01/2012 Spinal fusion revision
It failed; I was in the hospital for over 8 days with a really bad infection.
The surgeon continued seeing me for almost a year and never disclosed that the procedure failed and the fusion never fused. The office pawned me off to long term pain management. I looked for a new surgeon for over a year in a half with no success. I finally found one that is honest and getting revision surgery. I was told that not only do I need revision surgery but I need at least a double fusion now because of the damage done.
Looking for a malpractice attorney to look over my records and curious to see the average timeframe on this type of case.
It depends on the county that you are in and how many doctors/entities you are suing. You should be more concerned about getting a good result, than a quick resolution. Assuming that you have a viable claim, the full extent of your injuries may not manifest for a while. Consult with an experienced NY medical malpractice attorney and be patient.
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The statute of limitations is 2 1/2 years from the date of malpractice but it sounds like it will be extended by continuous treatment. However, it is best not to have to rely on that so try to commence your case (if there is one) within 2 1/2 years from the surgery date. How long cases take can depend, among other things, in which County you file the case. Even in a fast case, figure at least 2 to 3 years. Get your medical records and consult with a medical malpractice lawyer ASAP.
I am a former federal and State prosecutor and have been handling criminal defense and personal injury cases for over 18 years. The above answer, and any follow up comments or emails, is for informational purposes only and not meant as legal advice.
I think your goal needs to be getting an experienced attorney as soon as you can, and having him or her get your case reviewed on a timely basis to be within the statute of limitations. All jurisdictions and cases are different, and whether it is 2 years or more, all that matters is a good result.
Yours is a complicated question and the answer is "it depends." Medical malpractice cases are generally fairly complicated and involved. Much depends on the number of parties that are being sued, number of expert witnesses that are needed (medical experts, causation experts, economic experts, vocational experts, life care planning expert, etc...). Additionally, the court where a case is filed will in all likelihood generate a scheduling order tailored to the type and complexity of a particular case. If you are currently receiving active treatment (including anticipated surgery) this could impact the length of time a case takes to get filed and/or resolved. All this being said - you still have to keep your eye on the statute of limitations applicable in your state. You should definitely contact an attorney to review and handle your case. Good luck.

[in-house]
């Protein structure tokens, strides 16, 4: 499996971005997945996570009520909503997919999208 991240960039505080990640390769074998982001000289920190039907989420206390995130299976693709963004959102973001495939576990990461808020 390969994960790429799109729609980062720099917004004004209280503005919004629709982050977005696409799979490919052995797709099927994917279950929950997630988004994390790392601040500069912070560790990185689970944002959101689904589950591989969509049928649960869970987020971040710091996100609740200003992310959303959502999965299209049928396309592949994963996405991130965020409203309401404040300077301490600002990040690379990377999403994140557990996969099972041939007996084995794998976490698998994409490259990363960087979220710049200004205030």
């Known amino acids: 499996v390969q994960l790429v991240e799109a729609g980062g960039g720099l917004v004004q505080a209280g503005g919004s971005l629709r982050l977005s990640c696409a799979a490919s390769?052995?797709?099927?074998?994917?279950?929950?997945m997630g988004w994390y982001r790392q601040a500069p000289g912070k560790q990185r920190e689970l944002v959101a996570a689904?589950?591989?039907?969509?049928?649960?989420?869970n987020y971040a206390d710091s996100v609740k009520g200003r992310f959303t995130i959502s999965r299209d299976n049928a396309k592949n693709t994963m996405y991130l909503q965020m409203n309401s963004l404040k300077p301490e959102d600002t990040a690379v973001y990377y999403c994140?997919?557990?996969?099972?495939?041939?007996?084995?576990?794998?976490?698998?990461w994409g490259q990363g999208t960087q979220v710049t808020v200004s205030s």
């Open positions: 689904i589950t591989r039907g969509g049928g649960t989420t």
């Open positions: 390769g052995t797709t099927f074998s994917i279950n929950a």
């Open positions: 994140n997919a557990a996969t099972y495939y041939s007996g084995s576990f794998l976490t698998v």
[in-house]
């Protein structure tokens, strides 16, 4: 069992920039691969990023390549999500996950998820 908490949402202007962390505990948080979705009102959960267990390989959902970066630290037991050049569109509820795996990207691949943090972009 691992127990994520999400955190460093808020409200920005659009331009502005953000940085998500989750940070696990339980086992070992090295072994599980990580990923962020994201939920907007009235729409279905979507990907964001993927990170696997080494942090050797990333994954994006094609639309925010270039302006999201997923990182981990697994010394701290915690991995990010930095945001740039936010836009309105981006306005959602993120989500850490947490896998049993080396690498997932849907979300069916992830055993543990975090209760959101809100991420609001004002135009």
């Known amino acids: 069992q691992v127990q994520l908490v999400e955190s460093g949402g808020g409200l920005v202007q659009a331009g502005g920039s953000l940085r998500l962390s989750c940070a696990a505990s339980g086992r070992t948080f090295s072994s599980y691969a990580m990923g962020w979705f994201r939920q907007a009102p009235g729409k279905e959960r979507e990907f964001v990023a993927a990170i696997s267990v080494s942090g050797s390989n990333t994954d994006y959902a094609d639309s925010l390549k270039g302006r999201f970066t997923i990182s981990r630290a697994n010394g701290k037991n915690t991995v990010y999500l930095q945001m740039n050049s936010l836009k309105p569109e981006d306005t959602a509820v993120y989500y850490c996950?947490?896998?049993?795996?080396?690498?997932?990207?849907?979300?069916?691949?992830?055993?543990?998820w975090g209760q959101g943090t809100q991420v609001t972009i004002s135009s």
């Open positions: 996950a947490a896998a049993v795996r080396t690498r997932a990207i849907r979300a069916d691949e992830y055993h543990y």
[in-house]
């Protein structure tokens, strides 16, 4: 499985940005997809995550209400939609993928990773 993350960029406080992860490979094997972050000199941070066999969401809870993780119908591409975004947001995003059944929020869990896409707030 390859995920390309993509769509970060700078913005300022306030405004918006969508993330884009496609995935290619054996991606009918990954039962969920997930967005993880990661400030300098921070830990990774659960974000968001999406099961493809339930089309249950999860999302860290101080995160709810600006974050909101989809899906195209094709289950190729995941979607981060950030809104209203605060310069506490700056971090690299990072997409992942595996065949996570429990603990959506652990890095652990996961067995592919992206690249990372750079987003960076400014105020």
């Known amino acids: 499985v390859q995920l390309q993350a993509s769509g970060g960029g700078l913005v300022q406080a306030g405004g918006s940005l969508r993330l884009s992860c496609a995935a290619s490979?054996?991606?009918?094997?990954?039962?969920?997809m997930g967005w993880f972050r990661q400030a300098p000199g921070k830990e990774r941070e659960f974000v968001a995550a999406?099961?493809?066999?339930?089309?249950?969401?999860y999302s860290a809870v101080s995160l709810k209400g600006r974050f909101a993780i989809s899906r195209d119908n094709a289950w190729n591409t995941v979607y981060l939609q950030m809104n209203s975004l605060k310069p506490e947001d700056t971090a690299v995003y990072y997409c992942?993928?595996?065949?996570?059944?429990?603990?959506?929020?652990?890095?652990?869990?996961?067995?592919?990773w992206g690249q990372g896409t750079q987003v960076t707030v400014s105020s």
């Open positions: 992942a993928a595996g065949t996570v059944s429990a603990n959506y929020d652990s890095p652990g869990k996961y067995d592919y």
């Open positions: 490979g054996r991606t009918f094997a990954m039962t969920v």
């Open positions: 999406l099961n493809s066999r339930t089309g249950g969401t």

Averages are not much help - there are so many variables, however, you should be worrying about the statute of limitations, as the others have warned. Get your medical records and set up an appointment with a med mal attorney quickly. Bring your current surgeon's records as well - especially anything that addresses the initial surgery. If you're in Rockland, you have a few firms to choose from. Use the search feature.
The information provided is intended to convey general information and is not intended to be, and should not be considered, legal advice, counseling or opinion. You should not act, or refrain from acting, based upon any of the content contained herein. A response to your inquiry itself does not create an attorney-client relationship, and no such relationship may be implied or construed. Responses are general opinion only, and are of course, free to be disregarded.
Medical malpractice cases are taken very seriously by the doctors, hospitals ,insurance carriers and all other possible defendants. This is not only because of possible large exposure but because of insurance, licensing and employment issues. The attorneys that defend this case are generally more skilled and aggressive in the defense of these cases. As such the cases can last 2/3 years depending on the county and how many defendants, carriers and law firms are involved. The most important thing at this juncture is to protect your statute. Which is 2 and 1/2 years from the date of the malpractice. There is also a continuos treatment concept which extends the statute. But I would not rely on this if you are within the 21/2 years. Locate a medical malpractice attorney pronto. Good luck with your case and conditio.
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